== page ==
Now more than ever, small businesses are being held accountable for their practices, beliefs, and the ways they show up for their clients and the larger communities around them. And I love this. For one thing, I believe people deserve to know who and what they're supporting. But also, I think it swings the door wide open for your business. It's what encourages and allows me to be so open with my customers about causes that I believe in, and I make it known that my community is inclusive, compassionate, and dedicated to upholding our values. I'm not concerned about the few that may turn away because I know that I'm creating a welcoming space for customers that share our values. 

Where and how should you show up?

Of course, you can't be everywhere all the time, so be sure you've done your research into how to pick the right marketing channels for your business. My marketing team and I focus on Instagram, Pinterest, email, and our blog. 

Our weekly blog goes up first since it's our longest form of content and can easily be broken down and turned into dozens of pins, Instagram posts, and excerpts for our bi-weekly email blast. Of course, each platform has its own objective, and we cater our content to each one, but it's ok to repurpose the core content.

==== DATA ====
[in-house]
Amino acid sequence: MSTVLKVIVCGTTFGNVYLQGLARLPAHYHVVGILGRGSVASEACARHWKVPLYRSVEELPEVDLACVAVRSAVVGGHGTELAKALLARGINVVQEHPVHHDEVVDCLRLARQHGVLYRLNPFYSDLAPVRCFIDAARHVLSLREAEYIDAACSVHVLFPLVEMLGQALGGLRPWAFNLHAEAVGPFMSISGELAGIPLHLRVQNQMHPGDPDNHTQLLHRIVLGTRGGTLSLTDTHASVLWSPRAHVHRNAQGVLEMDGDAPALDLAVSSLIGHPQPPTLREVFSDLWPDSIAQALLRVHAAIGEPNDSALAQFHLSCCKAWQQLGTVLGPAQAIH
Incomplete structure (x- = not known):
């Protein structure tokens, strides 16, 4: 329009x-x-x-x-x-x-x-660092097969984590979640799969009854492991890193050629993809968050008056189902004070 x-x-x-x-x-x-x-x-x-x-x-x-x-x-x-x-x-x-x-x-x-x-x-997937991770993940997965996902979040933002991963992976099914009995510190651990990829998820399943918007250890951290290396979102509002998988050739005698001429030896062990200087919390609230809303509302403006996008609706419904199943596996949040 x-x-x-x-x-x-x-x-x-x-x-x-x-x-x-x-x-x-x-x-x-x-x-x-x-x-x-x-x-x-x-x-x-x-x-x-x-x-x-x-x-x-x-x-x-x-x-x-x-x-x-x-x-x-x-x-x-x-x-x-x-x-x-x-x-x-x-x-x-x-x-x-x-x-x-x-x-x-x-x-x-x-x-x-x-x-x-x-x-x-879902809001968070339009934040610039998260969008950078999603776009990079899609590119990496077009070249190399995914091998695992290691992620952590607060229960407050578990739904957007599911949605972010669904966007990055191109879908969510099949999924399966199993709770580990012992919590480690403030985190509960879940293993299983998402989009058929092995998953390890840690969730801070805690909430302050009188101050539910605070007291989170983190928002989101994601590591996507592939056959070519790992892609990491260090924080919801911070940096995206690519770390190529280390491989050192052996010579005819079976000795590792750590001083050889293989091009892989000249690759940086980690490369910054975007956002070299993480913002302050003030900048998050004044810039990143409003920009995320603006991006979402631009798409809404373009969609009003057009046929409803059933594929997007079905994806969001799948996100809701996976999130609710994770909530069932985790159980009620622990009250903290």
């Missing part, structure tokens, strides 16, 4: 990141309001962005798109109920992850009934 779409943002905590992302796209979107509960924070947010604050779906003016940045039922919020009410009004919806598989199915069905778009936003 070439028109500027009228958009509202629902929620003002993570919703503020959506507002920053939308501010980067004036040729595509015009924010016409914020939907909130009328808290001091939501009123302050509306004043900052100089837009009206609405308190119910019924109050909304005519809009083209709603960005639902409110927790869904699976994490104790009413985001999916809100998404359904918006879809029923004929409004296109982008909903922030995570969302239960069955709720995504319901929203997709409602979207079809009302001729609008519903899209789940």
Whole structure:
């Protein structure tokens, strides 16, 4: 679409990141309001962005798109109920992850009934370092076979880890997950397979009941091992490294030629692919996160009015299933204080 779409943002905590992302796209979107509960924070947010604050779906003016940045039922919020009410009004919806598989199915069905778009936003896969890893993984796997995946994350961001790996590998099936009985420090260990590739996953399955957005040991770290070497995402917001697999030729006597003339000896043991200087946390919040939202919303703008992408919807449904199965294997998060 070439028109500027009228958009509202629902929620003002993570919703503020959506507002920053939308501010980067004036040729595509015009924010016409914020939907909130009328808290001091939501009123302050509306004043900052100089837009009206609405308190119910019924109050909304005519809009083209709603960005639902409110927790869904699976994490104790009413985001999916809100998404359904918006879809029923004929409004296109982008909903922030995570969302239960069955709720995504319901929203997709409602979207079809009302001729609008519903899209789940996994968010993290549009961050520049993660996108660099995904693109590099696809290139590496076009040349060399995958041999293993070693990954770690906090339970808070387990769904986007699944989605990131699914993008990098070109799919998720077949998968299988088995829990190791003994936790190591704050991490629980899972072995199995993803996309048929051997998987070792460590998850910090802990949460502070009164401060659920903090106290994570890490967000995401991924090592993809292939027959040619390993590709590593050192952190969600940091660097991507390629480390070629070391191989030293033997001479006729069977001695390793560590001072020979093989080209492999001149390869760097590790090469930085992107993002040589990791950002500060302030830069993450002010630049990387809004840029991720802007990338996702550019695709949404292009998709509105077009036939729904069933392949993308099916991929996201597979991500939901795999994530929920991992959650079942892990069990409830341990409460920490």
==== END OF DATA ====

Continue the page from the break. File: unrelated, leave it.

Blog

Our blog is really personal. We use it to answer questions about myself and the business candidly, introduce our leadership team, and reflect on the growth and changes in our business. We also focus on all the ways that community support has helped us get to where we are today. 

Here's an example of part of a blog post I wrote called "The Wanderluster's Guide to Tulum, Mexico," where I talk about a recent trip I took.

A screenshot of Ashlee talking about a recent trip she took

And yes, at the end of each article, we have a CTA inviting readers to opt in to our other platforms, but the main goal is to make sure our visitors feel a connection with the business—and with me.

Pinterest